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Enclosed Trailers: Three Things To Check Before Each Trip

by Ian Howard

Whether you're planning a short trip, or long-distance travel, checking that your trailer is properly maintained will save you from the hassle of experiencing trouble while on the road and it will help keep you safe. One of the best ways to keep your trailer maintained and save time down the line, is to create a checklist. Before each trip, go over your checklist thoroughly. To get started, here are three things to check before heading out on the open road.

Check Breakaway Switch

The breakaway switch is an emergency mechanism used when the trailer separates from your tow vehicle. It basically acts as an emergency brake, whereby the lanyard pin ejects from the breakaway switch, which automatically shuts off the circuit from the brakes to the trailer battery. This action activates the brakes. First make sure the breakaway battery is fully charged, then unplug the trailer connector from the to vehicle. Next manually pull the pin out of the breakaway switch to activate the system. It takes quite a bit of force to remove the pin, so you'll need to pull hard. If the breakaway system is working properly, the brakes will be applied and you won't be able to pull the trailer with your tow vehicle. If the wheels begin to roll, that means it's time to have your breakaway system serviced.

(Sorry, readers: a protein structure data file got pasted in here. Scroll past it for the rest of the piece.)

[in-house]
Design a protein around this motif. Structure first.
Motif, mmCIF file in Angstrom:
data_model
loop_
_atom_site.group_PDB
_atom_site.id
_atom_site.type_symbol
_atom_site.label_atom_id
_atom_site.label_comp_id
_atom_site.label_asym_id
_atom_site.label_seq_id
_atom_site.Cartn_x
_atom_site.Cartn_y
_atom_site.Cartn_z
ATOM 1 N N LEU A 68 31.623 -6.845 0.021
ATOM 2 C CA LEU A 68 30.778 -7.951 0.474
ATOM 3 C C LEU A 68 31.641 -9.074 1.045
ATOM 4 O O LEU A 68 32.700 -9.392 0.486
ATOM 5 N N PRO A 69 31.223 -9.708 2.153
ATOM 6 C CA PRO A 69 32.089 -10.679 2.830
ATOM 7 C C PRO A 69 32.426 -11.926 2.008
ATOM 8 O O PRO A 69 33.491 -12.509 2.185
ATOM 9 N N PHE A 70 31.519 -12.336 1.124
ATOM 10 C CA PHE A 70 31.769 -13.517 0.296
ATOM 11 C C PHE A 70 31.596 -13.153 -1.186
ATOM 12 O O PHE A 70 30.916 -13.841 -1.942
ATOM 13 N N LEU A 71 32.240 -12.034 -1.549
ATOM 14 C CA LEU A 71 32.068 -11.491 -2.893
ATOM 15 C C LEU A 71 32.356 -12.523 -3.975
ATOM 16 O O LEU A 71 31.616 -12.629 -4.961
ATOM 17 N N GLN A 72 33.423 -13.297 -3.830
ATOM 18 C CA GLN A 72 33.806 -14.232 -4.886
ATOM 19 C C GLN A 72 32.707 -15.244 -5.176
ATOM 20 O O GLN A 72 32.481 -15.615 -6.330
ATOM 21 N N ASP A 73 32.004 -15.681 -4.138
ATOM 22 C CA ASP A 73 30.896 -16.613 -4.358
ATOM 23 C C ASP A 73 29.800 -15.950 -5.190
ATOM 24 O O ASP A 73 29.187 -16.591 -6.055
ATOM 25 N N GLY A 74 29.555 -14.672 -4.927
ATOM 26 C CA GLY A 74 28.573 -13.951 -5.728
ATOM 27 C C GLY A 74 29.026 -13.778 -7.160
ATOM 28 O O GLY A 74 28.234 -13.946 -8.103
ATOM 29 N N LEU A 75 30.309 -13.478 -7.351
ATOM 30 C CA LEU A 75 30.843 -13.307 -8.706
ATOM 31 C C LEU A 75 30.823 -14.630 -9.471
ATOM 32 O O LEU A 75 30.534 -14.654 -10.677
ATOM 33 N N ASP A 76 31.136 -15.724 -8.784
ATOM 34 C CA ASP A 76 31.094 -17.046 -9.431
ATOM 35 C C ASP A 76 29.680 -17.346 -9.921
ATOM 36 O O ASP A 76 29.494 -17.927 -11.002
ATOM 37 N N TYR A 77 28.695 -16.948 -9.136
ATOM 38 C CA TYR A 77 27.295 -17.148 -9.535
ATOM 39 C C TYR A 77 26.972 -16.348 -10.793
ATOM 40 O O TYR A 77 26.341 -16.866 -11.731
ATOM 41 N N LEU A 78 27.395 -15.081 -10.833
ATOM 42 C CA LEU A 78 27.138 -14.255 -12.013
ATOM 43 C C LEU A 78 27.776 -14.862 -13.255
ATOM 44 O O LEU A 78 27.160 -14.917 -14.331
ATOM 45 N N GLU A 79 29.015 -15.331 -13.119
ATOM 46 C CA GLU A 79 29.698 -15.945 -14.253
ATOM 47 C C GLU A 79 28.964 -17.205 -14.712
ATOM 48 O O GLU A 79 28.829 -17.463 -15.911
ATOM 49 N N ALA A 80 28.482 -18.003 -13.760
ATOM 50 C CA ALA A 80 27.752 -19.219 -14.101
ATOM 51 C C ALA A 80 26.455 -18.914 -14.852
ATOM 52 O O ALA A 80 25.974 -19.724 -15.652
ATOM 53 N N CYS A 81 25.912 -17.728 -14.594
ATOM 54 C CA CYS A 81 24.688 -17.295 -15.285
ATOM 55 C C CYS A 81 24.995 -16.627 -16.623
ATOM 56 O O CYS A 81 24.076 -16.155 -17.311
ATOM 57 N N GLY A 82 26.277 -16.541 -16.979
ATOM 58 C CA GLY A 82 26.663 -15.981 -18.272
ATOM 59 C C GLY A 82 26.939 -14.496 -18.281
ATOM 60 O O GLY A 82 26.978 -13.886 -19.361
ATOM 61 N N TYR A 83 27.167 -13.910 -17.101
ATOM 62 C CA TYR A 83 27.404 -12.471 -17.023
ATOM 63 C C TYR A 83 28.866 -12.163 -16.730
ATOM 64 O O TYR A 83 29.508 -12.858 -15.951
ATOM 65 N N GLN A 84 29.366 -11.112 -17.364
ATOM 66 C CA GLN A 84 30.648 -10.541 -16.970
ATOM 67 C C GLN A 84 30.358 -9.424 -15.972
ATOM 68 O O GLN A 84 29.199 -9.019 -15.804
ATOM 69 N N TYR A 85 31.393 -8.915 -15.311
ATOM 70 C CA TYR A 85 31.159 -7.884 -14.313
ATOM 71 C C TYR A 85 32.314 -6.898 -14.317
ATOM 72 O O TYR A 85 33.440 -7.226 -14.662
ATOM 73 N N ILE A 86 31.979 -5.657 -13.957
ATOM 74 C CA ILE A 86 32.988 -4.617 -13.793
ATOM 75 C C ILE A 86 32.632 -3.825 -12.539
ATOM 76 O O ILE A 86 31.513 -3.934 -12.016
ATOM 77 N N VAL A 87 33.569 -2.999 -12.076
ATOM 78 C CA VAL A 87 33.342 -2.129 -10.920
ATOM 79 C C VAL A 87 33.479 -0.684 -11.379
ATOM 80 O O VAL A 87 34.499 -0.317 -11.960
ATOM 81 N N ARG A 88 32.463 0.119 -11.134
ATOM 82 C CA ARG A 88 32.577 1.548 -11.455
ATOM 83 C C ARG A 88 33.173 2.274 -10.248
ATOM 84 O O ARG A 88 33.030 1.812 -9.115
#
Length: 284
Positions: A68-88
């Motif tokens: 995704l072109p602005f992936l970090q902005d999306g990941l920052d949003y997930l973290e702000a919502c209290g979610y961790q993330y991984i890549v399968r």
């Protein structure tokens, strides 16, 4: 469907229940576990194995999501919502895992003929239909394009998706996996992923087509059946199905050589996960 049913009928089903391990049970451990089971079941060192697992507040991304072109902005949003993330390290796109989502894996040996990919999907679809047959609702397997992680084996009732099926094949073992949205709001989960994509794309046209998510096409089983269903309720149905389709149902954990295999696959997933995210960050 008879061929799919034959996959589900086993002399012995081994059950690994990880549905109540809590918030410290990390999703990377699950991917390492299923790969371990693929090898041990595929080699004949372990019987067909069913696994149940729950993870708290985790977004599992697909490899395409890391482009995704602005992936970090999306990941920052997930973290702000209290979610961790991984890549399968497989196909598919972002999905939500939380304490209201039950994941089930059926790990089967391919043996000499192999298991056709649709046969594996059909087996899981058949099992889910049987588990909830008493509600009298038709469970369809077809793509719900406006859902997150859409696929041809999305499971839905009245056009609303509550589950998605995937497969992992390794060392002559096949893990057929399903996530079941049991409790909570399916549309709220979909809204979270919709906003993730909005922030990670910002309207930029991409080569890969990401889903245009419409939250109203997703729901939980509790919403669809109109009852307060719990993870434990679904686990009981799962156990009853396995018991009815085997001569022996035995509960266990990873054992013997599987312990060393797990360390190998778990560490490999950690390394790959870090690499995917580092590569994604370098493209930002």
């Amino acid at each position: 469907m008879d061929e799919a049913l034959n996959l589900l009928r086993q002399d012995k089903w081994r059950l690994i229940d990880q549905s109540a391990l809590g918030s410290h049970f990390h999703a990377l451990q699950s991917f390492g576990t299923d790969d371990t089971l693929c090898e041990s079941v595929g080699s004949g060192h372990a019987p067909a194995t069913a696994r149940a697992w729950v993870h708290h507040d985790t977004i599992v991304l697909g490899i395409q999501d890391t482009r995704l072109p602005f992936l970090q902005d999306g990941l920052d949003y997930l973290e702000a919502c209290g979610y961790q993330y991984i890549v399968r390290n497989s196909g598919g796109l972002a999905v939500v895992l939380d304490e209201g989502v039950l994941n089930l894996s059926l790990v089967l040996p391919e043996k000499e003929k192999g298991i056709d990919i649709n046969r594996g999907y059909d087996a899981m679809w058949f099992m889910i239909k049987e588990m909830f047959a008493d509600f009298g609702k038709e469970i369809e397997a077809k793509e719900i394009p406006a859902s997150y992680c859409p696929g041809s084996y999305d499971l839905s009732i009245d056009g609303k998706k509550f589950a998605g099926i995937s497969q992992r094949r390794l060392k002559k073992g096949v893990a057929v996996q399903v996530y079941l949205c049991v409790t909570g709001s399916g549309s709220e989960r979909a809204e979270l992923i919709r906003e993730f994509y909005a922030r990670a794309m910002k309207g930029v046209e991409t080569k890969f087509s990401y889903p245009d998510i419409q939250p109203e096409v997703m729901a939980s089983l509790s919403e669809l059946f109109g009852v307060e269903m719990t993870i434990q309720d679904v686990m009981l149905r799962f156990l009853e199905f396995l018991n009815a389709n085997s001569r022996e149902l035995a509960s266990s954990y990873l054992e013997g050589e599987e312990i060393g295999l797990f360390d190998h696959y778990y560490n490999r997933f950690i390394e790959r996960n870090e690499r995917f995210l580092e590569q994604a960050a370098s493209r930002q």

Check Tire Pressure

Just like other vehicles, the tires on your enclosed trailer are essential to performance. You wouldn't want to experience a tire problem during a haul, that's why before each trip it's necessary to check tire pressure. Good tire pressure ensures stability and maximum load carrying capacity. A tire pressure gauge is a must among your supplies. If you don't have one, it's best to purchase one from a trusted manufacturer. It's also best to check tire pressure cold, which is either before, or several hours after you've driven.

Test Trailer Lights

Enclosed cargo trailers have four or more LED lights that keep you and others safe on the road and prevent hazards. It's crucial to make sure all of your lights are working before a trip. Otherwise you could get pulled over, or worse, cause an accident. Activate the trailer's light controls and make sure that they're operating correctly. For the lights to work, you must have good connectivity where the ball and trailer come together. If the lights aren't working, you'll need to do some troubleshooting. Sometimes it's as easy as disconnecting the trailer, cleaning off the ball and reconnecting.